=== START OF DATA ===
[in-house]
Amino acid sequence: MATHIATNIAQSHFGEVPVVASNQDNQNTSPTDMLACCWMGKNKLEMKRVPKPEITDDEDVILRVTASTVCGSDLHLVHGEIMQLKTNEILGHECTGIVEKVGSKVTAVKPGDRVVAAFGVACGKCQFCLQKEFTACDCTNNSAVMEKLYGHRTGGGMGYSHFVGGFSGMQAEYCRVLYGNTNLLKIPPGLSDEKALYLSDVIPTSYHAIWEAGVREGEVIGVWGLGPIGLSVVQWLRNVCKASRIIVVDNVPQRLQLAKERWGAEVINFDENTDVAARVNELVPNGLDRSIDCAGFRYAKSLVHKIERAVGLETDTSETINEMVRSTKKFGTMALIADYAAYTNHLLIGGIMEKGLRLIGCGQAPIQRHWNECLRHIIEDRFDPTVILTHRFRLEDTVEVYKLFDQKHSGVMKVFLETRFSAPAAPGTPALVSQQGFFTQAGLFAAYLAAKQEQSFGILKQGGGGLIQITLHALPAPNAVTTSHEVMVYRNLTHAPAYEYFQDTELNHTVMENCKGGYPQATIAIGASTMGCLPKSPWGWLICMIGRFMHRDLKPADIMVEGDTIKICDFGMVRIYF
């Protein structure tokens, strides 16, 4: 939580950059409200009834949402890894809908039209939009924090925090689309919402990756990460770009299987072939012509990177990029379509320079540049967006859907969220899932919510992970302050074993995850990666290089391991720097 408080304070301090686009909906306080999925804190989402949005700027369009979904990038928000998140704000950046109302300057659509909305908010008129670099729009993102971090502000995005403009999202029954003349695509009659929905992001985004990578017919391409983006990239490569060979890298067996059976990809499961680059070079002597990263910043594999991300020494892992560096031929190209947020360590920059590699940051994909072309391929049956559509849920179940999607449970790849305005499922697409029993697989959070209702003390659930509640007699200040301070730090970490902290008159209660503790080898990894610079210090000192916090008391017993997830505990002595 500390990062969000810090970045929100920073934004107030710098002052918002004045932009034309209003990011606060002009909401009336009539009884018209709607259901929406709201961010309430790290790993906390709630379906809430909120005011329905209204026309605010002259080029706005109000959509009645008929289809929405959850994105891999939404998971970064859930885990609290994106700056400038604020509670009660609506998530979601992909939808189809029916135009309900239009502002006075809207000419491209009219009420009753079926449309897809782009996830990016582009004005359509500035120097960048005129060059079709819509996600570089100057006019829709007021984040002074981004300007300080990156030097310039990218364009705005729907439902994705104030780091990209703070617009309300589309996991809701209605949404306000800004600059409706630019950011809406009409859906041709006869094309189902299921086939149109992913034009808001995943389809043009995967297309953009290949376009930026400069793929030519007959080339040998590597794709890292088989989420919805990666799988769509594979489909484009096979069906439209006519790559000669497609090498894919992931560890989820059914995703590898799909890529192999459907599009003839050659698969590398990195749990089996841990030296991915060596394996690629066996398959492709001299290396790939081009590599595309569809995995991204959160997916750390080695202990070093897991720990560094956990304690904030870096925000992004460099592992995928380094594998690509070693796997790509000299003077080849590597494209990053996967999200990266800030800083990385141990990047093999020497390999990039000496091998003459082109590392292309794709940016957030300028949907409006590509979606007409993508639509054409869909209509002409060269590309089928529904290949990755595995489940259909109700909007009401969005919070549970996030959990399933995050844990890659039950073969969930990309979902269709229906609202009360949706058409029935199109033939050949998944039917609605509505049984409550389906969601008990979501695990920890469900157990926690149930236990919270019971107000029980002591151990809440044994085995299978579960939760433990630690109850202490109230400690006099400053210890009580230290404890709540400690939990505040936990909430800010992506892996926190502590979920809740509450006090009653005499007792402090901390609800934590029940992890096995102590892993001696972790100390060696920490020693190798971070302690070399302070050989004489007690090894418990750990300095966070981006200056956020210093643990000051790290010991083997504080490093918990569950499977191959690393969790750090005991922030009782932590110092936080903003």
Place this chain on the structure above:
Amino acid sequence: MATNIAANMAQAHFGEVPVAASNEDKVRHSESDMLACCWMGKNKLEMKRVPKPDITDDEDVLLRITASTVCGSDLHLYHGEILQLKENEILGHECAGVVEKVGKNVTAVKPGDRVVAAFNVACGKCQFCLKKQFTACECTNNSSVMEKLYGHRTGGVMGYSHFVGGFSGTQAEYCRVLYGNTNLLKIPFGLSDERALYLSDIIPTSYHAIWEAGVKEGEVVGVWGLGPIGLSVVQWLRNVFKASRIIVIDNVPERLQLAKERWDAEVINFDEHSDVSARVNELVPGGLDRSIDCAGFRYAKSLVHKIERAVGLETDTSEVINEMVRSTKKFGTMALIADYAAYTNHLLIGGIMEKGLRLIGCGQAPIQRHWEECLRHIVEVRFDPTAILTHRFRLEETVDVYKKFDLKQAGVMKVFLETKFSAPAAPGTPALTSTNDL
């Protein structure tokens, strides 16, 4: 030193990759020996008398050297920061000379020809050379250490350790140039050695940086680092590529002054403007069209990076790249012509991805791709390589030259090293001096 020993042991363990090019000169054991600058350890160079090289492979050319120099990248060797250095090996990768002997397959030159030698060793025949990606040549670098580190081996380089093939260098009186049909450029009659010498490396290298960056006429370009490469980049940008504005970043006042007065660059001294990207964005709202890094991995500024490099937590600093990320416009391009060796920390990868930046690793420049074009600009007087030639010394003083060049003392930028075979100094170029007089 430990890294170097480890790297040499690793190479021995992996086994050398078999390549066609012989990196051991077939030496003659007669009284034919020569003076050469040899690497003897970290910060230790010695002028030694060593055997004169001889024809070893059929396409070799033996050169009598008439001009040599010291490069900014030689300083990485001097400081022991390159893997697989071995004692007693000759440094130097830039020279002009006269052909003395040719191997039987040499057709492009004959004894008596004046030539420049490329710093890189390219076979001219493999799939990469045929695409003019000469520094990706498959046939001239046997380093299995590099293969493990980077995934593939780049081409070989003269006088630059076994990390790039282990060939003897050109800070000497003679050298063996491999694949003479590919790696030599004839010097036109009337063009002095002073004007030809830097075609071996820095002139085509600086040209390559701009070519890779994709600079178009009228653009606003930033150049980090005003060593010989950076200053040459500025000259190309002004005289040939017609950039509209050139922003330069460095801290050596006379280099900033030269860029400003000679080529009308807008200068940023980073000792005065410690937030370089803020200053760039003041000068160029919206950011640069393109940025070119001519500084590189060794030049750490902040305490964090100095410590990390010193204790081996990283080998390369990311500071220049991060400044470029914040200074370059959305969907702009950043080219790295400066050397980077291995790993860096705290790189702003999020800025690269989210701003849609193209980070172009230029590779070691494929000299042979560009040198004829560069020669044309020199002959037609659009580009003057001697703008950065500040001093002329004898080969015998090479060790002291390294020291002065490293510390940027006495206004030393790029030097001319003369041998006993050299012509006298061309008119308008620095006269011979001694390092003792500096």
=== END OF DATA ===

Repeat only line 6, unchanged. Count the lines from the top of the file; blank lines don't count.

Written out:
């Protein structure tokens, strides 16, 4: 030193990759020996008398050297920061000379020809050379250490350790140039050695940086680092590529002054403007069209990076790249012509991805791709390589030259090293001096 020993042991363990090019000169054991600058350890160079090289492979050319120099990248060797250095090996990768002997397959030159030698060793025949990606040549670098580190081996380089093939260098009186049909450029009659010498490396290298960056006429370009490469980049940008504005970043006042007065660059001294990207964005709202890094991995500024490099937590600093990320416009391009060796920390990868930046690793420049074009600009007087030639010394003083060049003392930028075979100094170029007089 430990890294170097480890790297040499690793190479021995992996086994050398078999390549066609012989990196051991077939030496003659007669009284034919020569003076050469040899690497003897970290910060230790010695002028030694060593055997004169001889024809070893059929396409070799033996050169009598008439001009040599010291490069900014030689300083990485001097400081022991390159893997697989071995004692007693000759440094130097830039020279002009006269052909003395040719191997039987040499057709492009004959004894008596004046030539420049490329710093890189390219076979001219493999799939990469045929695409003019000469520094990706498959046939001239046997380093299995590099293969493990980077995934593939780049081409070989003269006088630059076994990390790039282990060939003897050109800070000497003679050298063996491999694949003479590919790696030599004839010097036109009337063009002095002073004007030809830097075609071996820095002139085509600086040209390559701009070519890779994709600079178009009228653009606003930033150049980090005003060593010989950076200053040459500025000259190309002004005289040939017609950039509209050139922003330069460095801290050596006379280099900033030269860029400003000679080529009308807008200068940023980073000792005065410690937030370089803020200053760039003041000068160029919206950011640069393109940025070119001519500084590189060794030049750490902040305490964090100095410590990390010193204790081996990283080998390369990311500071220049991060400044470029914040200074370059959305969907702009950043080219790295400066050397980077291995790993860096705290790189702003999020800025690269989210701003849609193209980070172009230029590779070691494929000299042979560009040198004829560069020669044309020199002959037609659009580009003057001697703008950065500040001093002329004898080969015998090479060790002291390294020291002065490293510390940027006495206004030393790029030097001319003369041998006993050299012509006298061309008119308008620095006269011979001694390092003792500096």